This article concerns Frédéric Bastiat (French classical liberal theorist and political economist 1801-1850). It first appeared on the website Saving Communities and is reproduced here with kind permission on its author Dan Sullivan:
Bastiat did acknowledge that land is not property in the sense that labor products are property. Yet in his debates with people he viewed as socialists, he seems to have lost this recognition and to have overstated his case against them, making the same mistake that many neolibertarians make today – that of ignoring the impact of land titles and other privileges on the economic dynamics of a community.
His Broken Window Fallacy
Failure to appreciate the economic Law of Rent, or to recognize that interferences with the natural laws of distribution spawn interferences with production, leads one to conclusions that seem to make perfect sense, but which don’t reconcile with reality. An example of this is in Bastiat’s essay, “What is Seen and Not Seen,” often referred to as “The Broken-Window Fallacy.”
Bastiat offers an example of a typical French citizen “James Goodfellow” (the literal English translation of “Jacques Bonhomme,” a symbolic French name similar to “John Bull” in England or “Joe Sixpack” in the United States), who is furious that his window has been broken by his son. Onlookers say, “It’s an ill wind that blows nobody some good. Such accidents keep industry going. Everybody has to make a living. What would become of the glaziers if no one ever broke a window?”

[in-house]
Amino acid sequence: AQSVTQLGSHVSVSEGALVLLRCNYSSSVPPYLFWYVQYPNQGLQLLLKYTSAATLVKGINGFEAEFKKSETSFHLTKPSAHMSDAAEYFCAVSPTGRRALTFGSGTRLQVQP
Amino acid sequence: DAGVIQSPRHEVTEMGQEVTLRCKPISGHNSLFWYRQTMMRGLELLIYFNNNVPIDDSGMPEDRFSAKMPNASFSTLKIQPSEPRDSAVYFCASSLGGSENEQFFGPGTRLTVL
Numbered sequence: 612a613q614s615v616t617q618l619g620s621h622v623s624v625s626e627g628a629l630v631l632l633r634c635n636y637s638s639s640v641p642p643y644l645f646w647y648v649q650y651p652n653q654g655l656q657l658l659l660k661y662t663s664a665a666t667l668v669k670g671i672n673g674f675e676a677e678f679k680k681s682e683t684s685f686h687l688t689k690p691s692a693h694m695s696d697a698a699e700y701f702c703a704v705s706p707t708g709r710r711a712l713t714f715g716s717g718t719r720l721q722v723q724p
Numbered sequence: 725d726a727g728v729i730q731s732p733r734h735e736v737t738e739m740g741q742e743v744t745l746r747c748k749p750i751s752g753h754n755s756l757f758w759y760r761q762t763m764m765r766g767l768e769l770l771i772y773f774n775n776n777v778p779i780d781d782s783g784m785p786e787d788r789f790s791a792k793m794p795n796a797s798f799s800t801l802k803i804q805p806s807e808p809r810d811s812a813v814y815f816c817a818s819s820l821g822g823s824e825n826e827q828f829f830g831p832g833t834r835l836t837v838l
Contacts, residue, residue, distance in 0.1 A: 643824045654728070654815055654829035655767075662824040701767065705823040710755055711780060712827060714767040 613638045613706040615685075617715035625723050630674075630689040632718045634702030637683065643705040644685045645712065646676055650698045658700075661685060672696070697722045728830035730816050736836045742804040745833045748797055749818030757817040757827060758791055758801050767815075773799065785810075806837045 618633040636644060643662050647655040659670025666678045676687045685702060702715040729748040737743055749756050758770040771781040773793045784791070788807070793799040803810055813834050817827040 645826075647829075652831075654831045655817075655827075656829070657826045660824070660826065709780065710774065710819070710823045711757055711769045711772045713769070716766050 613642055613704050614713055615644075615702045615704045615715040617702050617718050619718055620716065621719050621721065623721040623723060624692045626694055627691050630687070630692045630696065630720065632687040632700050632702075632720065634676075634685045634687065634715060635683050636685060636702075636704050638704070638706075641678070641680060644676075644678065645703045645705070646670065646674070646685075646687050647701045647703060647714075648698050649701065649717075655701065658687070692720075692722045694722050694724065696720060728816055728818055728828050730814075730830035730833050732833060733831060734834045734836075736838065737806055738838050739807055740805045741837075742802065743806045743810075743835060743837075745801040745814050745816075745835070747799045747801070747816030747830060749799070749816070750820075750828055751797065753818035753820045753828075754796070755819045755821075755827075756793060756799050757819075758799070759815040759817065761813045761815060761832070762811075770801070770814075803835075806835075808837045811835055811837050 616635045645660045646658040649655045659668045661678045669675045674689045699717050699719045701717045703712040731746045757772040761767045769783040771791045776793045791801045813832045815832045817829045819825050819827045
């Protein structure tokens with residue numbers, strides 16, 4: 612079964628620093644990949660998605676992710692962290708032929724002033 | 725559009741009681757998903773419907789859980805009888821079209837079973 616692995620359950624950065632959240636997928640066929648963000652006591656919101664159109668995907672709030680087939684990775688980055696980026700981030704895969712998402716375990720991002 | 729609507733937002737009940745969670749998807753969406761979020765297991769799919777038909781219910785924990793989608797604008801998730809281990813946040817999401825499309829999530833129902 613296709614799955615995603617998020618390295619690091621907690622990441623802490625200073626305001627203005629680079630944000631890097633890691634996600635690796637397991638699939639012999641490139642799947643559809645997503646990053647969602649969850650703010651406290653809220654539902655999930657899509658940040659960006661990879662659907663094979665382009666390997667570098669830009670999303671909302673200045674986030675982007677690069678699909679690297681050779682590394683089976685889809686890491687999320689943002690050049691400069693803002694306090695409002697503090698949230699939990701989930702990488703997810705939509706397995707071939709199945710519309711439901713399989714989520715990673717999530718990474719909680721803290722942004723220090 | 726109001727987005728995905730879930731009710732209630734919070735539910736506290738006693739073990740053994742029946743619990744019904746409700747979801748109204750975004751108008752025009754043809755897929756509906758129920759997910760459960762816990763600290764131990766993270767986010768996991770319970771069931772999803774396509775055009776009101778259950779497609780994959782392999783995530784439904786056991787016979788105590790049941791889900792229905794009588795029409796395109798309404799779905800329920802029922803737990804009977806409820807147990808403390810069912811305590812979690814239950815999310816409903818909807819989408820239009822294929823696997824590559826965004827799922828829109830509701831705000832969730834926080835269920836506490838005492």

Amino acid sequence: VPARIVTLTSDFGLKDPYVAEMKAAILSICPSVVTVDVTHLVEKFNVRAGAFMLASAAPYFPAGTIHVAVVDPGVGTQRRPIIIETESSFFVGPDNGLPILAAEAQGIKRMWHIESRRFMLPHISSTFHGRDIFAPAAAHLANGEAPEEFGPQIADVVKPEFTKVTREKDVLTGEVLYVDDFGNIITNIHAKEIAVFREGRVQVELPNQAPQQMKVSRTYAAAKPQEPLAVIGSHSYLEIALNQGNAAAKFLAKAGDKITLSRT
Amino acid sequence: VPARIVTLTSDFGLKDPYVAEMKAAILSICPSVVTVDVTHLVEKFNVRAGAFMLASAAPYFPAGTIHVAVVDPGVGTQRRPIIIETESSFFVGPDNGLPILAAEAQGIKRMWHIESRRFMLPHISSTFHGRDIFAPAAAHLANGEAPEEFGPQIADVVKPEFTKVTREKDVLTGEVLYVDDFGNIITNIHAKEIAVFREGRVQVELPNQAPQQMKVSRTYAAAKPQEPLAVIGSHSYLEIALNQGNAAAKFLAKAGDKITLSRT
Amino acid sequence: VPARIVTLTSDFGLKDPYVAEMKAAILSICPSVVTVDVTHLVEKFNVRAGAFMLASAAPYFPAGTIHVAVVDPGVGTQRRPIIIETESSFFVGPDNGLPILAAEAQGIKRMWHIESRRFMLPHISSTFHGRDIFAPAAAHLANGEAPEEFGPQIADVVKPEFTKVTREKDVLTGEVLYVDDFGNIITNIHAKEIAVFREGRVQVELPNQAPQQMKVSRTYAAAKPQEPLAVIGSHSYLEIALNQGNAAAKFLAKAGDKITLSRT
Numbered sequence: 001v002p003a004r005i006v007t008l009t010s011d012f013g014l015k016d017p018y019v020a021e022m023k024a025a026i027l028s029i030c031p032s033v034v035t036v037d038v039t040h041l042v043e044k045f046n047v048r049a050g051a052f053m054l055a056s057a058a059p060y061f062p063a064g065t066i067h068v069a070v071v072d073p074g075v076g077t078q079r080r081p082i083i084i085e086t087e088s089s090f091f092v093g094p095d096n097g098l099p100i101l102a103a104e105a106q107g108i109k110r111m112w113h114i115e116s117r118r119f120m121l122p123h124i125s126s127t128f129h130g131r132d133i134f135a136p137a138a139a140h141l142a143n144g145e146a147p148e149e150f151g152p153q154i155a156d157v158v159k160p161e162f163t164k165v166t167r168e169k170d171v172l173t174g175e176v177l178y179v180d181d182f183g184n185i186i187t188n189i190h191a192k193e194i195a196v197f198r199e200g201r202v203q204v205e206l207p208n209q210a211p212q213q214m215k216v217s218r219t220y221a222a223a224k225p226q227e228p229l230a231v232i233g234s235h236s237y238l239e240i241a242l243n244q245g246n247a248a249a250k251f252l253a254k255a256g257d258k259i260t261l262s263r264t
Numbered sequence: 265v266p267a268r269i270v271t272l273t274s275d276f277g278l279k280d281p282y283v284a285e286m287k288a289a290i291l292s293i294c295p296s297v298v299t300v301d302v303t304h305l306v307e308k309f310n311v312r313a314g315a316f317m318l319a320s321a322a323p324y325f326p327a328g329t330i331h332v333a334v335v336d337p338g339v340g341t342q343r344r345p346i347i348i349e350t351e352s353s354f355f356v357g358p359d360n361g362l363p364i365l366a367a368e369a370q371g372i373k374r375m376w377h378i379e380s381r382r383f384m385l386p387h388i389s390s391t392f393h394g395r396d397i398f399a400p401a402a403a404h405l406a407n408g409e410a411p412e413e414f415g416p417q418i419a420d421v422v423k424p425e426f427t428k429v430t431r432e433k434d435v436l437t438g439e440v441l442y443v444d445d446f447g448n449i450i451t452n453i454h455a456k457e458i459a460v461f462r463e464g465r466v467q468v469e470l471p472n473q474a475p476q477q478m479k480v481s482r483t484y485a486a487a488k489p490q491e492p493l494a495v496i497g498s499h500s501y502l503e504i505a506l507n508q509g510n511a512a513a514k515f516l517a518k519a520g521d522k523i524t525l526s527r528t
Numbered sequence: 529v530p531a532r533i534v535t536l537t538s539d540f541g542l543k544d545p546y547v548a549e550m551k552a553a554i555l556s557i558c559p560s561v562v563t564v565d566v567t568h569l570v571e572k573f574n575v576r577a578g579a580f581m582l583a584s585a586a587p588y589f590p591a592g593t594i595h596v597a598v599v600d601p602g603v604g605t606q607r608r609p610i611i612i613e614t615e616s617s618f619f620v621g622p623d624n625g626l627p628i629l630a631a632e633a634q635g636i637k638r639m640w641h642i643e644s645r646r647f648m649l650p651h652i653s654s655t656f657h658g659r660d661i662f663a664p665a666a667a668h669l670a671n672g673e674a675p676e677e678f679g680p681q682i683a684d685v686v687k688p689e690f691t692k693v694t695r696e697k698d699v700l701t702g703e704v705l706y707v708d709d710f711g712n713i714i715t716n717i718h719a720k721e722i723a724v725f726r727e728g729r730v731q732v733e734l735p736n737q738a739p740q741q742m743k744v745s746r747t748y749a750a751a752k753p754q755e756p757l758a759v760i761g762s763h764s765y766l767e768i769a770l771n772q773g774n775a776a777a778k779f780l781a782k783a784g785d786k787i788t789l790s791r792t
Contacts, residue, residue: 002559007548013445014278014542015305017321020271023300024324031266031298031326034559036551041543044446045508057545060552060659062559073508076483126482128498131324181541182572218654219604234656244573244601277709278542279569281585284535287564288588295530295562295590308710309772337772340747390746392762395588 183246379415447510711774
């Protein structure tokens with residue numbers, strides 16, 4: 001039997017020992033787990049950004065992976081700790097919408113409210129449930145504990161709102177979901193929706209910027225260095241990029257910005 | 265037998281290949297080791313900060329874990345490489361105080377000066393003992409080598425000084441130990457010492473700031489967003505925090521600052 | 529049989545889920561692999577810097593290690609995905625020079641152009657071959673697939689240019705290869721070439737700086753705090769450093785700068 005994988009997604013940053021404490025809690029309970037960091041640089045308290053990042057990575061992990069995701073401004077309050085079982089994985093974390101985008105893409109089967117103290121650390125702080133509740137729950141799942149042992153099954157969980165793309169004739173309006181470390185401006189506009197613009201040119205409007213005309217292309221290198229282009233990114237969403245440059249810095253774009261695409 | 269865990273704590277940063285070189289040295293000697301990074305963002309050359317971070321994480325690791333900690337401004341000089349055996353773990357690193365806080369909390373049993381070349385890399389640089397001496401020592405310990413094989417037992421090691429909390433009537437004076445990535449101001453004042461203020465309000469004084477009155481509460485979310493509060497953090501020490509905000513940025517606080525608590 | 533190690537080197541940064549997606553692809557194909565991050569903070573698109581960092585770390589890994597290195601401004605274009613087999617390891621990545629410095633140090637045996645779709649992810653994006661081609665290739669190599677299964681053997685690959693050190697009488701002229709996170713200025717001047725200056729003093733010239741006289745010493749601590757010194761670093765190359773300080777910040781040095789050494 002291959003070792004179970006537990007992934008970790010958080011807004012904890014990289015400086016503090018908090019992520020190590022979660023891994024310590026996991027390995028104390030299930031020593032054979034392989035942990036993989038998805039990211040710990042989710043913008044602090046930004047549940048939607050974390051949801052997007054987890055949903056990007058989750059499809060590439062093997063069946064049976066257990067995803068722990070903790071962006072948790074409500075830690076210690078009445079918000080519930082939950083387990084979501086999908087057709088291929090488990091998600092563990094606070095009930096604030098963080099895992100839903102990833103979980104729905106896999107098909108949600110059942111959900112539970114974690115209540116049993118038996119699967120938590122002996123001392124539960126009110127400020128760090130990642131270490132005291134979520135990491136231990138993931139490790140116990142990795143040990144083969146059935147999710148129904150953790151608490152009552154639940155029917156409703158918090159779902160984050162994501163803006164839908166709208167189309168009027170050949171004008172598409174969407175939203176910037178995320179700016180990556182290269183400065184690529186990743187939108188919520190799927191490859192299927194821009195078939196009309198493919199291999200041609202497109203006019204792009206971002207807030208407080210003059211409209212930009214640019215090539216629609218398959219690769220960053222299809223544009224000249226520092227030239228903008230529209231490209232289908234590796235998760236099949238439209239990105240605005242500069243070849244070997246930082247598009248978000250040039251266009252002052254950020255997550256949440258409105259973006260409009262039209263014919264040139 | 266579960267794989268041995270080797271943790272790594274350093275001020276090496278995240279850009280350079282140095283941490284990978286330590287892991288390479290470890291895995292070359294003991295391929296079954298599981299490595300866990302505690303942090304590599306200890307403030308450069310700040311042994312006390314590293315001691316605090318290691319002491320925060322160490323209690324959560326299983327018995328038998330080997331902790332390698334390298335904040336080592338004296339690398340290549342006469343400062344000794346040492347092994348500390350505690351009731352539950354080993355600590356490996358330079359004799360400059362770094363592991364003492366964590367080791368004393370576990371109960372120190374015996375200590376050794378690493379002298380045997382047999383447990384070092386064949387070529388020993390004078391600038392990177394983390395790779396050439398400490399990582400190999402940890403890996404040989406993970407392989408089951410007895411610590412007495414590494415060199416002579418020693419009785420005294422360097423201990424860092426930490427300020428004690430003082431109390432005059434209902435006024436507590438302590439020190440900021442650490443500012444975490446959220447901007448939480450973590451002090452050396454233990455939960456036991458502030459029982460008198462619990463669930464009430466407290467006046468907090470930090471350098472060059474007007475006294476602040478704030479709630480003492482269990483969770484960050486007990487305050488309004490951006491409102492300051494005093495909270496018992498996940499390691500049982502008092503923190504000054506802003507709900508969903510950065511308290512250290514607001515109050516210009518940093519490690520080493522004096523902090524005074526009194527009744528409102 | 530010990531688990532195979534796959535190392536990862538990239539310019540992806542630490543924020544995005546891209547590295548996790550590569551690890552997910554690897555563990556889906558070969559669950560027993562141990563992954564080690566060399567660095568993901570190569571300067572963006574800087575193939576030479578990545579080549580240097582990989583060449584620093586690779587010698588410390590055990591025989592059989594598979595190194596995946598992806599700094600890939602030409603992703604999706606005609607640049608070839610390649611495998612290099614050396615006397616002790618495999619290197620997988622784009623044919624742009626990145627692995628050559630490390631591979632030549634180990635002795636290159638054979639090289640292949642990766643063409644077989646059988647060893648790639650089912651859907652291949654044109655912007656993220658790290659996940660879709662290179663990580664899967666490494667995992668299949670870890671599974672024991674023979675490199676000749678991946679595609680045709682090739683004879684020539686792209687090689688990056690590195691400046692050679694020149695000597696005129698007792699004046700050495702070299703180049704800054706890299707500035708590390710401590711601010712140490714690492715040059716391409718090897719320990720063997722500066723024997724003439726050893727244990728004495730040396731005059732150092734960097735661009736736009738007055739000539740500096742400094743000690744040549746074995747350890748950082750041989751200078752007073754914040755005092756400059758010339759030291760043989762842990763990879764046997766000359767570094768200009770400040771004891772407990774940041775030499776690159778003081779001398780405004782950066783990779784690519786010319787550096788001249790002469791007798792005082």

Bastiat then argues that work does not enrich the people unless it is productive work, that breaking a window provides employment for the window glazier, but that, if not for the expense of the window, Goodfellow would have spent the same money elsewhere and thereby employed someone else. Bastiat argues further that breaking and fixing a window fails to increase wealth, and therefore fails to enrich people in the aggregate. After all, the window that exists after the repair is no greater than the window that existed before the window had been broken. Breaking a window and then fixing it represents nothing more than wasted effort, a statement that is obviously true.
However, Bastiat goes on to say that this example “is exactly the same as that which, unfortunately, underlies most of our economic institutions.” [emphasis added] Bastiat assumes that he sees what other economists fail to see, and does not entertain the possibility that they see something he fails to see – namely that his example is not so exactly similar after all.
His explicit targets are a protectionist newspaper, and a government official who, according to Bastiat, “has calculated with such precision what industry would gain from the burning of Paris, because of the houses that would have to be rebuilt.” Although protectionism is problematic for other reasons, Bastiat’s analysis is none the less flawed.
As Bastiat extrapolates to criticize his adversaries, he presumes that “Jacques Bonhomme,” is representative of all taxpayers – that they are all typical people who will spend their money on other labor products if that money is not taken in needless taxes or spent on needlessly broken windows.